3. Having too many options inspires uncertainty. After making your decision, you’ll be unhappy because you’ll never be sure it was the right choice, Dobelli says. With so many other options available, how do you know a different dishwasher wasn’t the better choice after all?

(Shortform note: This uncertainty stems from buyer’s remorse. You narrow your choice criteria, as discussed above, but you don’t forget about all the other options and features you’re sacrificing. You ignore those options to make your choice easier, but once you’ve made your decision, the knowledge of what you ignored returns, inspiring remorse and uncertainty.)

How can you avoid being overwhelmed by too many options? Dobelli suggests writing down the qualities that are important to you before evaluating your options. This stops you from becoming overwhelmed because it lets you immediately dismiss options that don’t fit your criteria.

(Shortform note: When writing down the qualities you want, be realistic about what you can actually gain. For example, if you can’t afford the dishwasher that meets all your criteria, then you can’t gain that dishwasher and need to broaden your scope. This mindset also applies when you’re making life-changing decisions. While “You can do anything” is a nice sentiment, it’s not actually true: What you can do is based on your past experience and skills. Thus, objectively evaluate your experience, skills, and options to focus on the options you can actually achieve. Doing so will ease decision anxiety and make you happier.)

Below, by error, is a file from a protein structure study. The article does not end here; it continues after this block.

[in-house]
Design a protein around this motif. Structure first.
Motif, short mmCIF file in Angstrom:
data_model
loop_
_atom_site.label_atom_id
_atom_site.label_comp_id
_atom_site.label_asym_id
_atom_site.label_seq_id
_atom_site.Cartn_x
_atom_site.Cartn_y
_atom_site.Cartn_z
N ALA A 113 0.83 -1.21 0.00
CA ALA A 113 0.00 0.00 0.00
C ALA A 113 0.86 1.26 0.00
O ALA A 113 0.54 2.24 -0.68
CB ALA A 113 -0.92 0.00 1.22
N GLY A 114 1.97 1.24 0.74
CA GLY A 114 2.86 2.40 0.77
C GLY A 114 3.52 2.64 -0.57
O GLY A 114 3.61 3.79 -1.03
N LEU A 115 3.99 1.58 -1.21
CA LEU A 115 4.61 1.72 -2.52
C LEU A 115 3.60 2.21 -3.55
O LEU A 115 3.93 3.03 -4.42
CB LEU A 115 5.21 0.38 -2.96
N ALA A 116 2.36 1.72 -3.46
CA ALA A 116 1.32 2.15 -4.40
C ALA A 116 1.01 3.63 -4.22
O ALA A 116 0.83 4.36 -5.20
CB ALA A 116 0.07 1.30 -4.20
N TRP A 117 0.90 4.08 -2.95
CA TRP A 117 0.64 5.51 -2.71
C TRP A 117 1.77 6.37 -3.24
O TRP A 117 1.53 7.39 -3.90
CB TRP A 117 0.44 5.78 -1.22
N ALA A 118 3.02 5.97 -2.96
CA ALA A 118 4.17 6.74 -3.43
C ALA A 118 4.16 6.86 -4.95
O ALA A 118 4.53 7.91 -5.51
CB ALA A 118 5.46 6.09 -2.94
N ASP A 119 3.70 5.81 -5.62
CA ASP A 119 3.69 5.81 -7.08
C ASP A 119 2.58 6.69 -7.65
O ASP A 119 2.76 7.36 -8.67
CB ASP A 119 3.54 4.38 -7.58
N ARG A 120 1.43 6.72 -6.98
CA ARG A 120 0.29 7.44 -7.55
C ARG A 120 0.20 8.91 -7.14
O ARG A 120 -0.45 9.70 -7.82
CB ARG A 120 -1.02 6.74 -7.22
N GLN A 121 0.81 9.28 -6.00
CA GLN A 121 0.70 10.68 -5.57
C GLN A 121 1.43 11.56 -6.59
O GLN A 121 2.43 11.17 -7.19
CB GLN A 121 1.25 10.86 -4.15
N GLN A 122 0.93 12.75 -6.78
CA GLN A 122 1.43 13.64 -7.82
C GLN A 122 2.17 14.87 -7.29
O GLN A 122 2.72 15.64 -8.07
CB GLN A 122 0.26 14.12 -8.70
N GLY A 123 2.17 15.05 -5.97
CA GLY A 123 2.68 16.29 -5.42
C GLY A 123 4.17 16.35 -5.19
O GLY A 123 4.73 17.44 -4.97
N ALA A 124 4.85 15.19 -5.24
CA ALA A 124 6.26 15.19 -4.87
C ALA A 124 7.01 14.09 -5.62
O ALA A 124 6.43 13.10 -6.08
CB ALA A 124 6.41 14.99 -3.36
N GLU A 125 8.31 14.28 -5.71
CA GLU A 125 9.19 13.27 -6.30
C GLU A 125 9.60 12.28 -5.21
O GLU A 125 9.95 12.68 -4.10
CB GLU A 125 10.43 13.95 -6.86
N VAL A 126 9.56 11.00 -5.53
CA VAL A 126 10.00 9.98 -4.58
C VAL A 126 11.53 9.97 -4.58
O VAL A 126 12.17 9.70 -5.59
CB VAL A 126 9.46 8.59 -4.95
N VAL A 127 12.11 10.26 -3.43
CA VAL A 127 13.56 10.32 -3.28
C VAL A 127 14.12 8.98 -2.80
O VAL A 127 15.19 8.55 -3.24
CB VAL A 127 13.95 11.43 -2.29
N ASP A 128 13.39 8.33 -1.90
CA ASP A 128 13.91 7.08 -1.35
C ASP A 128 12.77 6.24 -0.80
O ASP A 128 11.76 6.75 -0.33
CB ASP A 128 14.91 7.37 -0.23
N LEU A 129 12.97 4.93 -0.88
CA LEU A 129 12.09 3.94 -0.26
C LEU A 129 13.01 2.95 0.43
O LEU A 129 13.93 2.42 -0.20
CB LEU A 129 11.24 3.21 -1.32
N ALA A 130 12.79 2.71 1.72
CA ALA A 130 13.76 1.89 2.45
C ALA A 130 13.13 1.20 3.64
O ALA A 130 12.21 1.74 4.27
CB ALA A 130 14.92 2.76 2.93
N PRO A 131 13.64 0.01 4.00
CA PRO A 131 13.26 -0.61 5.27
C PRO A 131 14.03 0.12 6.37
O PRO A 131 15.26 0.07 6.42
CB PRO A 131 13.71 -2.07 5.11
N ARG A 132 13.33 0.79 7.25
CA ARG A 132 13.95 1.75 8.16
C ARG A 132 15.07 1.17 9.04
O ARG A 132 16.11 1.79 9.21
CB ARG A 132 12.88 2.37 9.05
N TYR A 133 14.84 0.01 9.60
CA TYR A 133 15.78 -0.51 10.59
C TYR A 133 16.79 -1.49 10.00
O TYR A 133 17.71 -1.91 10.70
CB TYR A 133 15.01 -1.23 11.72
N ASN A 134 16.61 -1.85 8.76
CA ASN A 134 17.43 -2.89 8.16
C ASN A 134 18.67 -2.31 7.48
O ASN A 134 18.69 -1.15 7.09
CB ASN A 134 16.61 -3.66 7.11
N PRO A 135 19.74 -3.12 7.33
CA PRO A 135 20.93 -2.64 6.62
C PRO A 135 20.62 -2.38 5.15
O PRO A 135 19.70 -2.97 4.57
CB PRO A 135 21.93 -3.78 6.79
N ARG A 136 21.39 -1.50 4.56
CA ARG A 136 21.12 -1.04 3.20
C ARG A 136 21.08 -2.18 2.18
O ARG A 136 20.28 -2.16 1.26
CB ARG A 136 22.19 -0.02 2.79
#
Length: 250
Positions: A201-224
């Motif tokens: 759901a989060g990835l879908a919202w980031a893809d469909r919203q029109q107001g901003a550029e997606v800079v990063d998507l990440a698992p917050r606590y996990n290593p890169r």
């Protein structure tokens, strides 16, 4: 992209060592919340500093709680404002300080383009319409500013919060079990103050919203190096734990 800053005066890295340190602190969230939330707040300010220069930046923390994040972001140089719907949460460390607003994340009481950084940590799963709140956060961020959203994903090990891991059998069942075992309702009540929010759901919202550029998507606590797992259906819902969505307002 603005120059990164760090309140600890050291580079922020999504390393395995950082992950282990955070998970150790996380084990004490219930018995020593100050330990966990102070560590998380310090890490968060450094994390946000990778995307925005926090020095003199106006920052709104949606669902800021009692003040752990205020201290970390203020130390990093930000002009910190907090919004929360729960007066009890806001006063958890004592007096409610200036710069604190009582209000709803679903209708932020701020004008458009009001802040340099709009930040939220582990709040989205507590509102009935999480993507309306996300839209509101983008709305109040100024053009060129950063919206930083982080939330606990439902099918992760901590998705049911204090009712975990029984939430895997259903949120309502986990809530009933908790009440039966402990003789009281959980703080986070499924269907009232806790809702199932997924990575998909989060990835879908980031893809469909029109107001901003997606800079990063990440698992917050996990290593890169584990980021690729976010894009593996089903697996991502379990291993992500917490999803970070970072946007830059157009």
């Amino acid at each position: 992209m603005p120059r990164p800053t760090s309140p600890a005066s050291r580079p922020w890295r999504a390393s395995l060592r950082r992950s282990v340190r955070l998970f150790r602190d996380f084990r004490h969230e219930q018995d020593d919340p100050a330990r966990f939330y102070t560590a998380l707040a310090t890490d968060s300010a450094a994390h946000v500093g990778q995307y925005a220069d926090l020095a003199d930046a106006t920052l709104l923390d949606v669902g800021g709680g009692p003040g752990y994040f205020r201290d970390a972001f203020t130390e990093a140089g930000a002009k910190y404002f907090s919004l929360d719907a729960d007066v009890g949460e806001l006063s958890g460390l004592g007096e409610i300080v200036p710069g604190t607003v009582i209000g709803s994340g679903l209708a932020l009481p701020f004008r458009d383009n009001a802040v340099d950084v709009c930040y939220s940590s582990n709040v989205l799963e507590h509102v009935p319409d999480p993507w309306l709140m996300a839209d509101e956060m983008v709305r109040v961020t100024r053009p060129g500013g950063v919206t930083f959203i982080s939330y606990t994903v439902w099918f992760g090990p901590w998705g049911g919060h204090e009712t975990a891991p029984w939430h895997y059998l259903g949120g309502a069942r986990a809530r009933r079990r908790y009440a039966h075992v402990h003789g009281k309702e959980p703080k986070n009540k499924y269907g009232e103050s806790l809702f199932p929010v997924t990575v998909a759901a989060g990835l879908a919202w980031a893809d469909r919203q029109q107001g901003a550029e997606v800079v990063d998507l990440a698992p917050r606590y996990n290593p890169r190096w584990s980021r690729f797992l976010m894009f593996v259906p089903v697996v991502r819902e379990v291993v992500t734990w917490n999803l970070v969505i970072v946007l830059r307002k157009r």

Too Much Information

People also consider having more information to be better than having less. However, too much information causes problems, too. Dobelli says an excess of information causes problems in two ways: burying basic facts and wasting time. When you have too much information, a lot of it’s irrelevant to your situation. This irrelevant information makes it harder to access the useful, basic facts about your situation. In addition, you have to waste time unearthing those basic facts.

For example, consider an expert teaching a freshman physics class. The expert has so much information on atomic physics that he struggles to simplify his course and focus on the information the freshmen need to know: The basic facts are buried by the teacher’s knowledge. In addition, the teacher wastes time discussing information beyond the freshmen’s level. The students have too much complex information and not enough time to understand the simpler information they actually need.

The Psychology Behind Irrational Decisions

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Here's what you'll find in our full The Art of Thinking Clearly summary :

  • A detailed look at the most common logical fallacies that inhibit decision-making
  • How to recognize and overcome these fallacies to make better decisions
  • Why you value things for arbitrary reasons

Darya Sinusoid

Darya’s love for reading started with fantasy novels (The LOTR trilogy is still her all-time-favorite). Growing up, however, she found herself transitioning to non-fiction, psychological, and self-help books. She has a degree in Psychology and a deep passion for the subject. She likes reading research-informed books that distill the workings of the human brain/mind/consciousness and thinking of ways to apply the insights to her own life. Some of her favorites include Thinking, Fast and Slow, How We Decide, and The Wisdom of the Enneagram.